The Future Perfect Continuous can be also used to predict what was
happening in the past.
I don't think that predict is the best way to understand the construction being used here. To predict generally means to say what you think will happen in the future. But in the packing boxes and gardening examples there is no prediction about the future involved. Rather there is a supposition or assumption about the past.
Collins Cobuild English Grammar (p223) explains this particular use of will as follows:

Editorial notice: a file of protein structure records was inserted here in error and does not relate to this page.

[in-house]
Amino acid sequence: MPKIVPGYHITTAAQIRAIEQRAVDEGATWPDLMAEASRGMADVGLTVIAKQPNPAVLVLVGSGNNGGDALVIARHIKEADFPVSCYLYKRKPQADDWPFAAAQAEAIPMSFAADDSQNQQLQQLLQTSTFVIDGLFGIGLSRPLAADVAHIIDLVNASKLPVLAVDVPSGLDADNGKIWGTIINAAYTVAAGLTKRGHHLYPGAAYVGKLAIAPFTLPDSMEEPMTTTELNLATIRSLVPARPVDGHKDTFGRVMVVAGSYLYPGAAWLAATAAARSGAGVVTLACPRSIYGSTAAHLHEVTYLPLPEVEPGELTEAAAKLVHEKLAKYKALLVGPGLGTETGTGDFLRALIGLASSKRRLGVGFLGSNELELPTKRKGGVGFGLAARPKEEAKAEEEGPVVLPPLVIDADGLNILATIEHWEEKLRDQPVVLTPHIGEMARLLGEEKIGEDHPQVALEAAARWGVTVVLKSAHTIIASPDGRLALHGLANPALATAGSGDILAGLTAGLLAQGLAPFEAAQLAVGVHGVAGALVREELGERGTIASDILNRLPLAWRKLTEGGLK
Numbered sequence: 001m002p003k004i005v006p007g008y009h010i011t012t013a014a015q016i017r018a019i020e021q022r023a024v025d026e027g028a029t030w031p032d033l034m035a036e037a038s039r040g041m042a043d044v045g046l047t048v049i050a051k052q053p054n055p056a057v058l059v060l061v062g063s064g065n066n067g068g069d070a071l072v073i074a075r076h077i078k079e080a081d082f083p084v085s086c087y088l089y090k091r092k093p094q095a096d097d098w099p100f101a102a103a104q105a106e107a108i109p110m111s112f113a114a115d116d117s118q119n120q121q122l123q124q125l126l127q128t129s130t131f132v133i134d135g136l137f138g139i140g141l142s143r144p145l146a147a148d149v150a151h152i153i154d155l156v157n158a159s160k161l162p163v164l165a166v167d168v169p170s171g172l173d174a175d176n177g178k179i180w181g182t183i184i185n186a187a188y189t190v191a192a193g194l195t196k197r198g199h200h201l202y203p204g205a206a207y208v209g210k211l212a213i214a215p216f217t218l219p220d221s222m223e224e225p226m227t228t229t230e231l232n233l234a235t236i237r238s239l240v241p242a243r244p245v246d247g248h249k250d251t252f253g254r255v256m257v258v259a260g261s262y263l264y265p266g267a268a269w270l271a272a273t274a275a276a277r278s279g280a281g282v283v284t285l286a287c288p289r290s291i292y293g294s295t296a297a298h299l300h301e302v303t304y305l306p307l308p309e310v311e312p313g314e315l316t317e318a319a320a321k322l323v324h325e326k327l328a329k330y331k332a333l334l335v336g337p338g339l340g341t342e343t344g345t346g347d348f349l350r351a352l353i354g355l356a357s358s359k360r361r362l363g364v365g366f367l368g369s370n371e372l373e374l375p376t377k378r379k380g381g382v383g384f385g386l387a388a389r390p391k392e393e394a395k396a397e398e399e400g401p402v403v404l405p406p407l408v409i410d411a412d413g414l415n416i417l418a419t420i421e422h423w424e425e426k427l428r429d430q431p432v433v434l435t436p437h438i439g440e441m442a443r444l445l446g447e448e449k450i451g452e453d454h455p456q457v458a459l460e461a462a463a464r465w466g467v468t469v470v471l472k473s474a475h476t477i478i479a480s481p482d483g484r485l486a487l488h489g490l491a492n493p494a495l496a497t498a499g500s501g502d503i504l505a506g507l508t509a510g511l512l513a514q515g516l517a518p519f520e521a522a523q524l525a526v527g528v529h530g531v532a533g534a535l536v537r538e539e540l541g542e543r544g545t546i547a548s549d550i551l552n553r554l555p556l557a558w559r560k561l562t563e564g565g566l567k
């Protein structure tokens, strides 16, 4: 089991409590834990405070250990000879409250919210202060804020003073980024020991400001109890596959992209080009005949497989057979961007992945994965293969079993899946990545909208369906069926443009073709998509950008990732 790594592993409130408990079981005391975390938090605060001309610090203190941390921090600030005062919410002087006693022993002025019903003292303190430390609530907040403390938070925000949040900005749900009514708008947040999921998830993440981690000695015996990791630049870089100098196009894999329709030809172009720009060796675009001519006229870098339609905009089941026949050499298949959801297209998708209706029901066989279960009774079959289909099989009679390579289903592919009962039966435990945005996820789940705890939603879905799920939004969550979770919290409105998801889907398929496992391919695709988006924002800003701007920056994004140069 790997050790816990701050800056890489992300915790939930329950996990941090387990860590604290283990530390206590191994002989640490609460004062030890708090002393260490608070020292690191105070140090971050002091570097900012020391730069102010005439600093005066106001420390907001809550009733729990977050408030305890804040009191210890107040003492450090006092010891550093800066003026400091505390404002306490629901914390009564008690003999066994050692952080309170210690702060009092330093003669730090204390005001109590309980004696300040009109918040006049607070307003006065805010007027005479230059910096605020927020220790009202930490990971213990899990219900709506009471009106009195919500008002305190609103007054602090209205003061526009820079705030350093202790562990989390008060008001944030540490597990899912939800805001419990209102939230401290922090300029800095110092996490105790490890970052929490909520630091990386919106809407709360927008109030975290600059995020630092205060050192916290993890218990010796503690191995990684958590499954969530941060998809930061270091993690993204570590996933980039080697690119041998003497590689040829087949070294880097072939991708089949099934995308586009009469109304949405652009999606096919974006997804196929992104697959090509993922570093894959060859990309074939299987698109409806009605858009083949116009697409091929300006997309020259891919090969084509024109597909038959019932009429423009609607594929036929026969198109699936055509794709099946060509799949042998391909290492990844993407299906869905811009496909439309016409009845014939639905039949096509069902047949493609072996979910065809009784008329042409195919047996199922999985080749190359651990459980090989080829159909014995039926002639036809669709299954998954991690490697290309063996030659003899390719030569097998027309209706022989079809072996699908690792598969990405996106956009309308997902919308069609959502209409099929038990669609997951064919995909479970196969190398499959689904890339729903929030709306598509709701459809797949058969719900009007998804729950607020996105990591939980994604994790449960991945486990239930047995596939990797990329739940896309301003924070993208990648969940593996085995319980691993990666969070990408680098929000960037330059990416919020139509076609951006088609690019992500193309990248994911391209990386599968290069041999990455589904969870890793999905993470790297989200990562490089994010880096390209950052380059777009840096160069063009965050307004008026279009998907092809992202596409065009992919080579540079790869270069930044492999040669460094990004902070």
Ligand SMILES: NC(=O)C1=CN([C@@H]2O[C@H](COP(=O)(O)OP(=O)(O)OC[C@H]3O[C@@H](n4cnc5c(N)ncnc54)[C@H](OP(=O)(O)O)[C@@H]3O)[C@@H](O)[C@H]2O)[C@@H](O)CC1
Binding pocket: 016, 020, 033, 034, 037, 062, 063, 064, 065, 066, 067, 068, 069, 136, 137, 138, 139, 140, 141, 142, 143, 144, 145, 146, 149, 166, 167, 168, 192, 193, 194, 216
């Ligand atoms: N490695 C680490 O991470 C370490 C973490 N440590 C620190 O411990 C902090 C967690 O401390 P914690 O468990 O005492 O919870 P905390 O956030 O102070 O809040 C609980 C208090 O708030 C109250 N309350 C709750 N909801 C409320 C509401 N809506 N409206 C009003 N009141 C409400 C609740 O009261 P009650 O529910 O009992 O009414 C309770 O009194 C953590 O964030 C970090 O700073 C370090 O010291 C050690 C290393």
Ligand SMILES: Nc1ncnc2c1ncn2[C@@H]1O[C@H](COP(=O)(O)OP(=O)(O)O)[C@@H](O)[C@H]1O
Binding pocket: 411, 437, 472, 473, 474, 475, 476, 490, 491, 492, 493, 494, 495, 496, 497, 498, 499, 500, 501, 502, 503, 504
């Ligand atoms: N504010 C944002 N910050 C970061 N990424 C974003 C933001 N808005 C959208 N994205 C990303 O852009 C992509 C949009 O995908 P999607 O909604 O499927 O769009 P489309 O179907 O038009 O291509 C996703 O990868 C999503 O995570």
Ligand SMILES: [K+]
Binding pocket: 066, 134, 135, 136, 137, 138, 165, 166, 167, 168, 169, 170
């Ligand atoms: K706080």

You use 'will' when you are assuming that something is the case and
you do not think there is any reason to doubt it.
- Most listeners will have heard of hormones.
As an alternative to the use of will in your sentences, you could use the past continuous with probably (or as in the second case just leave the I expect to convey the probability):
What do you think the men were doing in the store room? - Don’t worry. They were probably unpacking boxes.
What do you think those men were doing in Charles's garden yesterday? I expect they were doing some gardening.